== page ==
Baby Driver (Movie)

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Naomi and I watched Baby Driver recently and thoroughly enjoyed it, although it’s somewhat violent and sweary at times (not for the faint-hearted or easily offended). Overall it’s very stylish, stands out from the crowd and keeps your attention, although the script was ordinary and some of the characters could have been better defined.

A talented, young getaway driver relies on the beat of his personal soundtrack to be the best in the game. When he meets the girl of his dreams, Baby sees a chance to ditch his criminal life and make a clean getaway. (Bing search).

I particularly appreciated the soundtrack as this was an integral part of the storyline in a way I’ve not come across before, rather than (as is usual) accompaniment to the action and helping to set the mood.

The movie stars Ansel Elgort, Lily James, and Kevin Spacey (are we still allowed to watch his movies in the light of recent events?) amongst others. In fact, the reason Naomi bought the DVD was because it starred Lily James, who plays the young Donna in Mamma Mia! Here We Go Again.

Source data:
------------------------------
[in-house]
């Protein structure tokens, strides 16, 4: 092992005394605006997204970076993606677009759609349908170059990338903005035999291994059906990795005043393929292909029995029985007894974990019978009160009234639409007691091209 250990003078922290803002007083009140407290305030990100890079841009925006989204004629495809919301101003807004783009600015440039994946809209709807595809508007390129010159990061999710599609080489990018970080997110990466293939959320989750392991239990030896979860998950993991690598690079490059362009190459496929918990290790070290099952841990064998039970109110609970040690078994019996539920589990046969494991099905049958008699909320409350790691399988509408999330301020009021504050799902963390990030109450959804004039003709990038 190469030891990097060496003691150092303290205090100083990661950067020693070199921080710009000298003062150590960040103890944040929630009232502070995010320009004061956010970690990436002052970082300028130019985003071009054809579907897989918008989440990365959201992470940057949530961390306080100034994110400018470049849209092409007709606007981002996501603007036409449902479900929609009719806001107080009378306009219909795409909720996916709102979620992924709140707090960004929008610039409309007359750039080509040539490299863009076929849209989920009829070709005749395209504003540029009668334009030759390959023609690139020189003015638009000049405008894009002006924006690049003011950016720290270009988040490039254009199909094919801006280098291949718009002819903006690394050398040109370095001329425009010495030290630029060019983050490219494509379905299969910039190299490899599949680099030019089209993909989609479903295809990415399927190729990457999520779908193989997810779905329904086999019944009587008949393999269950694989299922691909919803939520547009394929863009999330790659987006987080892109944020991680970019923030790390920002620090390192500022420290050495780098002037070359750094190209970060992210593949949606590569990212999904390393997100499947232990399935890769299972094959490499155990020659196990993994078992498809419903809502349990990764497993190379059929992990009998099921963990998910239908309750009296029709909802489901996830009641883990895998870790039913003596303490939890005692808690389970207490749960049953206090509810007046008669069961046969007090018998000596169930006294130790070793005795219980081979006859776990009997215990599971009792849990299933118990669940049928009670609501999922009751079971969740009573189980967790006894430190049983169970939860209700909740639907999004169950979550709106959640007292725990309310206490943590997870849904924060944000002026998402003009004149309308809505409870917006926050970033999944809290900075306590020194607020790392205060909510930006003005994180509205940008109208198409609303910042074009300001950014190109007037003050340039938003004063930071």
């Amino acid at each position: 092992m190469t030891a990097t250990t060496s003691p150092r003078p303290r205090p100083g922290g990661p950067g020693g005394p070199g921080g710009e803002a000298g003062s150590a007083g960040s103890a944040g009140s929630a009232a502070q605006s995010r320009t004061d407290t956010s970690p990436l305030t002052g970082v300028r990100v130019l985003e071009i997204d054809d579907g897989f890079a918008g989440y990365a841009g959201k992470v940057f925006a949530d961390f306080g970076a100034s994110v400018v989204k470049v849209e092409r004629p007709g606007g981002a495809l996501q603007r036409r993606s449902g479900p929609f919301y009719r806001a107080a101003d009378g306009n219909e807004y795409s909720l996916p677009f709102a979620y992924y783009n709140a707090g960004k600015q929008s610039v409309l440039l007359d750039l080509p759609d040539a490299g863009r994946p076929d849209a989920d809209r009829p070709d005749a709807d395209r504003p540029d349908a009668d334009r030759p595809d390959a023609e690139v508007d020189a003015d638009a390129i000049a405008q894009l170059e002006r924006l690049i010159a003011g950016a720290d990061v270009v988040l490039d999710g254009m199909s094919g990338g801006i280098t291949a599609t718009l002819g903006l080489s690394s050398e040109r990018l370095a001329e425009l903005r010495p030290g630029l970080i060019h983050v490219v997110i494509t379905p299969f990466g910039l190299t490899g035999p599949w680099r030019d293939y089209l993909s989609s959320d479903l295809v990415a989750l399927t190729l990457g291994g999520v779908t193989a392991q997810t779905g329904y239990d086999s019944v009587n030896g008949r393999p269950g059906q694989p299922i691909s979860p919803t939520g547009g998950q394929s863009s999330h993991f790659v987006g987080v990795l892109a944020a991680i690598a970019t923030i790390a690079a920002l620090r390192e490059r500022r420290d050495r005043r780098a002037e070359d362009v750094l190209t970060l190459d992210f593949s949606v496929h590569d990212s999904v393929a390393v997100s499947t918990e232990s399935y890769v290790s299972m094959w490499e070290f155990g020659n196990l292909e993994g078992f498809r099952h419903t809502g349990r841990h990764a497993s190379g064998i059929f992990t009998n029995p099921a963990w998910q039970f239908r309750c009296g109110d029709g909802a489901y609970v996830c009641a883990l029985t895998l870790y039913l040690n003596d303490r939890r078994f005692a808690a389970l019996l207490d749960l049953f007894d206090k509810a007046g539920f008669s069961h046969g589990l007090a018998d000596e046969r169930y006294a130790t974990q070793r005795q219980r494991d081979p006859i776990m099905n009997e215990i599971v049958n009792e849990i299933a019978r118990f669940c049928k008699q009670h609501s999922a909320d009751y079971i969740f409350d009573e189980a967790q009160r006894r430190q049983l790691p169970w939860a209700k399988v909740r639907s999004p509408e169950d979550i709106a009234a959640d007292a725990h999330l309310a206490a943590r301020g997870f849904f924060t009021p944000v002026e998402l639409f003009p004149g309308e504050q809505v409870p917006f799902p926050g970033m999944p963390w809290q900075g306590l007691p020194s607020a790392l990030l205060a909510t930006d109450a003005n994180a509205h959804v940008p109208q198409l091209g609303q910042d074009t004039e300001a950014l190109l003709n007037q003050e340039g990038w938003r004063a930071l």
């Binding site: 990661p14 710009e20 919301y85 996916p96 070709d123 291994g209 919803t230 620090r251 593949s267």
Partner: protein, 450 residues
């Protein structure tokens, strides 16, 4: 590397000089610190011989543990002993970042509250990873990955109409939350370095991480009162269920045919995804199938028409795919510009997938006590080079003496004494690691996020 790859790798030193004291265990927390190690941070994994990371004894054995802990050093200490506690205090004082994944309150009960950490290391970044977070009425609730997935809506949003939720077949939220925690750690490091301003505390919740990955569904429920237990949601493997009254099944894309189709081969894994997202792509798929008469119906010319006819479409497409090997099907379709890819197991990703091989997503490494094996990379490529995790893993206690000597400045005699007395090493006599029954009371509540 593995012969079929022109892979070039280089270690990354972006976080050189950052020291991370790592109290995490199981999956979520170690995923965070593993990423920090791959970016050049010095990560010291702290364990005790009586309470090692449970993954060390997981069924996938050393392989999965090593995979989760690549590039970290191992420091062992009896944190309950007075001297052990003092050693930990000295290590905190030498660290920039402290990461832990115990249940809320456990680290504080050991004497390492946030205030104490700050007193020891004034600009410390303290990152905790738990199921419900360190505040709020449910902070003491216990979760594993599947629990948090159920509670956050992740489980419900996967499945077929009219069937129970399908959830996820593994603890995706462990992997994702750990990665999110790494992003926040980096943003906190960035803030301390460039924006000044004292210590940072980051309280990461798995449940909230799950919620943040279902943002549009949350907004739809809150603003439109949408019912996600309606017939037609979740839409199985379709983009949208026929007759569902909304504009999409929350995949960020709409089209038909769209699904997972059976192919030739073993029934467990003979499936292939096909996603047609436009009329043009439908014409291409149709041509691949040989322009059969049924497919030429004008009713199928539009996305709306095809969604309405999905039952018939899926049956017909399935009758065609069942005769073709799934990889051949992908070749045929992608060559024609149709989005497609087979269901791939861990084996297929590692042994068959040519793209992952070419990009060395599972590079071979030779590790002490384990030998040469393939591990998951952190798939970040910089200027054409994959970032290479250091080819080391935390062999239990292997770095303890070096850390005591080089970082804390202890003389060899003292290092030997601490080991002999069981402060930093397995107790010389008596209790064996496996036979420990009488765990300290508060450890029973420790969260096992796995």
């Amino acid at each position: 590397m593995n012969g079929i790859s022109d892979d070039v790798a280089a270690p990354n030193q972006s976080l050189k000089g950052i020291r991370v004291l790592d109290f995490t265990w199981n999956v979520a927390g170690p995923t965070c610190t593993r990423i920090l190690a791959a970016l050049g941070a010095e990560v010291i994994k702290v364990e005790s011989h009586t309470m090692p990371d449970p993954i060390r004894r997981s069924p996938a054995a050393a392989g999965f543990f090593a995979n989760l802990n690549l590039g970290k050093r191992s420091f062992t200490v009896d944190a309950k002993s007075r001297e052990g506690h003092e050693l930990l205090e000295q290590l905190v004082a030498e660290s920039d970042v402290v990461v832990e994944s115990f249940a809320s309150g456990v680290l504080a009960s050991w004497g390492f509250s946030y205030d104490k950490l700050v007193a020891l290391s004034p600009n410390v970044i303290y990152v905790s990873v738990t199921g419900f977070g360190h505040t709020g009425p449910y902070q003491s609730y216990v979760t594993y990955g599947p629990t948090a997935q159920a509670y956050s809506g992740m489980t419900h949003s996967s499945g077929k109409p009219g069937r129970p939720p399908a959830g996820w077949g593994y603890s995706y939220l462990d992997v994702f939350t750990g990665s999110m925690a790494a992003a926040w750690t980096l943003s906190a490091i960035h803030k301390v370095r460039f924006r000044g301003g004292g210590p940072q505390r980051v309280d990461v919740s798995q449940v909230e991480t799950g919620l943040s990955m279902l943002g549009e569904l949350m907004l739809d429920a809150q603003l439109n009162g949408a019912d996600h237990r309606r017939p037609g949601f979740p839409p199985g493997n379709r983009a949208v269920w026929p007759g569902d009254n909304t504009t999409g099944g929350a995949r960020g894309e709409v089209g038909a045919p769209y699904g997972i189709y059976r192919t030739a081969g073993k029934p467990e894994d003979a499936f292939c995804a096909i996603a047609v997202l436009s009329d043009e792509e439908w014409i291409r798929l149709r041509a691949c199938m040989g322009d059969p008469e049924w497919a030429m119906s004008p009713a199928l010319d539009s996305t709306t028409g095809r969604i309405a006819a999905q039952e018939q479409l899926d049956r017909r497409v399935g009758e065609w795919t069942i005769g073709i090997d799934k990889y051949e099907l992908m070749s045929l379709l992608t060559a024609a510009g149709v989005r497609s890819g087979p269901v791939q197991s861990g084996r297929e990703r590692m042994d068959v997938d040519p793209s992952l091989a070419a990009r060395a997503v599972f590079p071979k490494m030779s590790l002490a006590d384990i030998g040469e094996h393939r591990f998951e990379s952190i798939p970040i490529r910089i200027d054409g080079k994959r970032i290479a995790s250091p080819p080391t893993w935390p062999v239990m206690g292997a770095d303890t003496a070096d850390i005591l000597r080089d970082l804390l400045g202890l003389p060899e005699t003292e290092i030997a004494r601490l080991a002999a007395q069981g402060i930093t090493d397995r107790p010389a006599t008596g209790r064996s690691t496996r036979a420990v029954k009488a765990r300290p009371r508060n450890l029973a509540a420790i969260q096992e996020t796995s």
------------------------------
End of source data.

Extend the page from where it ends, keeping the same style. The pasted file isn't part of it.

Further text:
The whole time I was waiting for the song Baby Driver by Simon and Garfunkel from their album Bridge Over Troubled Water; but I needn’t have worried, it starts before and plays through the end credits.

Note: I’ve created the soundtrack on Spotify, click here.

Bowie at Glastonbury 2000

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There’s not much that hasn’t already been said about David Bowie, who was taken from us three years ago and who would have been 72 years old today; but I didn’t want the milestone to go unmentioned.

I’ve always been fascinated by his music, his creativity, changes of style, his collaborations, and his determination to set trends rather than follow them. An example of the latter is that while punk was happening, he was at the Hansa Studio in Berlin crafting a totally new sound for what became the Low album.

While working in the office at home today, I enjoyed listening to David Bowie’s Glastonbury appearance in 2000 on Spotify. There’s a great selection of his songs, some of which (for example, Hallo Spaceboy) I prefer to hear live. I well remember watching his set at the time on television, one of the truly great Glastonbury performances.

Note: This might possibly have been my favourite live album of 2018 had I heard it during the year, as it happens another Bowie live album to that accolade. See here.